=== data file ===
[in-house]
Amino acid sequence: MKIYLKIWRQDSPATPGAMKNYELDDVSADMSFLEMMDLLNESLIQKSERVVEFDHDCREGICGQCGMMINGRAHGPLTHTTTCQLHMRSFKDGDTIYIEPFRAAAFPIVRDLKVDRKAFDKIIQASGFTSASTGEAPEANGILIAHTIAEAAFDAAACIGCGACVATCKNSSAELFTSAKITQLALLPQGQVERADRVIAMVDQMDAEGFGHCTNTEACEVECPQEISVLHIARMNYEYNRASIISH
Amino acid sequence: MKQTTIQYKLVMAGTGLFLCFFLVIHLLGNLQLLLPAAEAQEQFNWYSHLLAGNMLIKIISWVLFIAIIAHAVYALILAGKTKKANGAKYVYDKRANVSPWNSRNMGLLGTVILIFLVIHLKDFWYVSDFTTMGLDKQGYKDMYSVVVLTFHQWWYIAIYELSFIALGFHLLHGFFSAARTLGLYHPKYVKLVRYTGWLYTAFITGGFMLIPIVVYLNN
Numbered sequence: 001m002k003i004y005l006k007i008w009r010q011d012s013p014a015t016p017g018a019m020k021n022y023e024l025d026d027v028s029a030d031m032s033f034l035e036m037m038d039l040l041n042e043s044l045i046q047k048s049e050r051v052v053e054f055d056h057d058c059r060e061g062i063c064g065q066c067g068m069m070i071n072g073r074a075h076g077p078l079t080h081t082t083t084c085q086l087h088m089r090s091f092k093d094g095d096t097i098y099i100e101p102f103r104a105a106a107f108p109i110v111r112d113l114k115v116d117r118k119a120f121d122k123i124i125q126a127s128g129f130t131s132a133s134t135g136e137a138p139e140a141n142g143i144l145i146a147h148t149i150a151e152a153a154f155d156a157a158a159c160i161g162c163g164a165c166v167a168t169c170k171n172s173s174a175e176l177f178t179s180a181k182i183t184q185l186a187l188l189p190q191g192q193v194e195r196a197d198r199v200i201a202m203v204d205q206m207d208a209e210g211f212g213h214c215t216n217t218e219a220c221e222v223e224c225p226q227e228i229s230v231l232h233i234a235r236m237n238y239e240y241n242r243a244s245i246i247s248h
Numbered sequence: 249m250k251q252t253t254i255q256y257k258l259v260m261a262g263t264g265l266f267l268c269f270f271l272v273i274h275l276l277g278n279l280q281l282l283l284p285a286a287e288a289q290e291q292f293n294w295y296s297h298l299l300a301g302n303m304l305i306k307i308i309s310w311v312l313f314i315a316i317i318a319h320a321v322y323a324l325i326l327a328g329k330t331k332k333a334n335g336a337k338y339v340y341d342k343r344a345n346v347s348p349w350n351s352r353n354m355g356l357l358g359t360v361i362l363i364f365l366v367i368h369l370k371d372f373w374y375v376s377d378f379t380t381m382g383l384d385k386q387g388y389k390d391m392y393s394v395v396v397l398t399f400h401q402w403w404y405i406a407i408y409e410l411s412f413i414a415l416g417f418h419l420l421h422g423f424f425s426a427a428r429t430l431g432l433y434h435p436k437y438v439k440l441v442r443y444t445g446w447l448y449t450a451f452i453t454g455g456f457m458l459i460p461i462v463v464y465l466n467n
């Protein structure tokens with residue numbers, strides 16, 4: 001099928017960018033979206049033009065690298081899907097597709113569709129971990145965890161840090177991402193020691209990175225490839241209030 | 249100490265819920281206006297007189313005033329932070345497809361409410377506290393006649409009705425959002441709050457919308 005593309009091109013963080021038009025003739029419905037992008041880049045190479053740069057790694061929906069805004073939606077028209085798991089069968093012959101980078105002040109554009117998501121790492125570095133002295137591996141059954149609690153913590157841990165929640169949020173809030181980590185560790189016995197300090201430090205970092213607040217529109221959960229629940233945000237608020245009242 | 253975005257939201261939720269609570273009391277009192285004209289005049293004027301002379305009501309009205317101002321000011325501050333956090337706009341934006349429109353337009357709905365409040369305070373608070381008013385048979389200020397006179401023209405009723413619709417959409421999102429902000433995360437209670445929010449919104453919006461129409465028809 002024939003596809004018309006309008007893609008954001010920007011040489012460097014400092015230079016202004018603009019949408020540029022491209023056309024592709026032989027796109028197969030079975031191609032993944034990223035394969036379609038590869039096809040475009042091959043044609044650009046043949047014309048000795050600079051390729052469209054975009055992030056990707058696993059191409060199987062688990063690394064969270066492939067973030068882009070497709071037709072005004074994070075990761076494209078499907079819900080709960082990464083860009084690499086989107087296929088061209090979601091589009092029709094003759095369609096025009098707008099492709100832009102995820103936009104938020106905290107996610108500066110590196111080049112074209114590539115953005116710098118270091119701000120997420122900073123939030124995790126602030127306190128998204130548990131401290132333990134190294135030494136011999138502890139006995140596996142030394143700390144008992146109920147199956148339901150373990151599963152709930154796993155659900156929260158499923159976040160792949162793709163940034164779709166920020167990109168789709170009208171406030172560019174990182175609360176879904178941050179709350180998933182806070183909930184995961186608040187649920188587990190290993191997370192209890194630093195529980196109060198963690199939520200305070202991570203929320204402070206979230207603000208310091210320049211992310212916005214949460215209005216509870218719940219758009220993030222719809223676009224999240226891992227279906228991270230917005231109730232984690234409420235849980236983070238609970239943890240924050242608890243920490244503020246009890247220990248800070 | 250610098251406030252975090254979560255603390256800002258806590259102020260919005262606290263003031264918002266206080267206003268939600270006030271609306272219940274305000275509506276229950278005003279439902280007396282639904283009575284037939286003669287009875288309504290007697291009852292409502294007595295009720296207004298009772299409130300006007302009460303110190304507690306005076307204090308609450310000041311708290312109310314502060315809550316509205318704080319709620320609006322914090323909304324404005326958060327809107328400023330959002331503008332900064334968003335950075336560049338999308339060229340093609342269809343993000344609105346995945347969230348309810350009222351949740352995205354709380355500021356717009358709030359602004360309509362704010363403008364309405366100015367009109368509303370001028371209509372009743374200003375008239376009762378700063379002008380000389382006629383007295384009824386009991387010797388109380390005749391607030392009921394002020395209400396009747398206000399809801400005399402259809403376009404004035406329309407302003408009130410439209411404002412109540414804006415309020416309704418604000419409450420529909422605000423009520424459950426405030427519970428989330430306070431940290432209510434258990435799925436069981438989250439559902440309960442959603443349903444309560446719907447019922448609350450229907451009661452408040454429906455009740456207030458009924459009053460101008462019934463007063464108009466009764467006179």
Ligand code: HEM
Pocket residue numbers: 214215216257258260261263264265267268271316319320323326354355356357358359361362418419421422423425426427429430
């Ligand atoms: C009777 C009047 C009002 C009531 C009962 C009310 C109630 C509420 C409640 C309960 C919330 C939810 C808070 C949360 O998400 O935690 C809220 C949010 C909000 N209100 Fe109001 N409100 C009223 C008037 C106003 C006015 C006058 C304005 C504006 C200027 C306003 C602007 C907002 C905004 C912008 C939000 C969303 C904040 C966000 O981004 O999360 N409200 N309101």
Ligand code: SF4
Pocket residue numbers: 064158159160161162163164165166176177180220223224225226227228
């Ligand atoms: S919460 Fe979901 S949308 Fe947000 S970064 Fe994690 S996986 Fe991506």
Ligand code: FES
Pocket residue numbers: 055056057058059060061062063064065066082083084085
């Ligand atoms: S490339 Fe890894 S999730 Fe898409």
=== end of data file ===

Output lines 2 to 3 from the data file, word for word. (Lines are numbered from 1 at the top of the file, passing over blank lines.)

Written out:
Amino acid sequence: MKIYLKIWRQDSPATPGAMKNYELDDVSADMSFLEMMDLLNESLIQKSERVVEFDHDCREGICGQCGMMINGRAHGPLTHTTTCQLHMRSFKDGDTIYIEPFRAAAFPIVRDLKVDRKAFDKIIQASGFTSASTGEAPEANGILIAHTIAEAAFDAAACIGCGACVATCKNSSAELFTSAKITQLALLPQGQVERADRVIAMVDQMDAEGFGHCTNTEACEVECPQEISVLHIARMNYEYNRASIISH
Amino acid sequence: MKQTTIQYKLVMAGTGLFLCFFLVIHLLGNLQLLLPAAEAQEQFNWYSHLLAGNMLIKIISWVLFIAIIAHAVYALILAGKTKKANGAKYVYDKRANVSPWNSRNMGLLGTVILIFLVIHLKDFWYVSDFTTMGLDKQGYKDMYSVVVLTFHQWWYIAIYELSFIALGFHLLHGFFSAARTLGLYHPKYVKLVRYTGWLYTAFITGGFMLIPIVVYLNN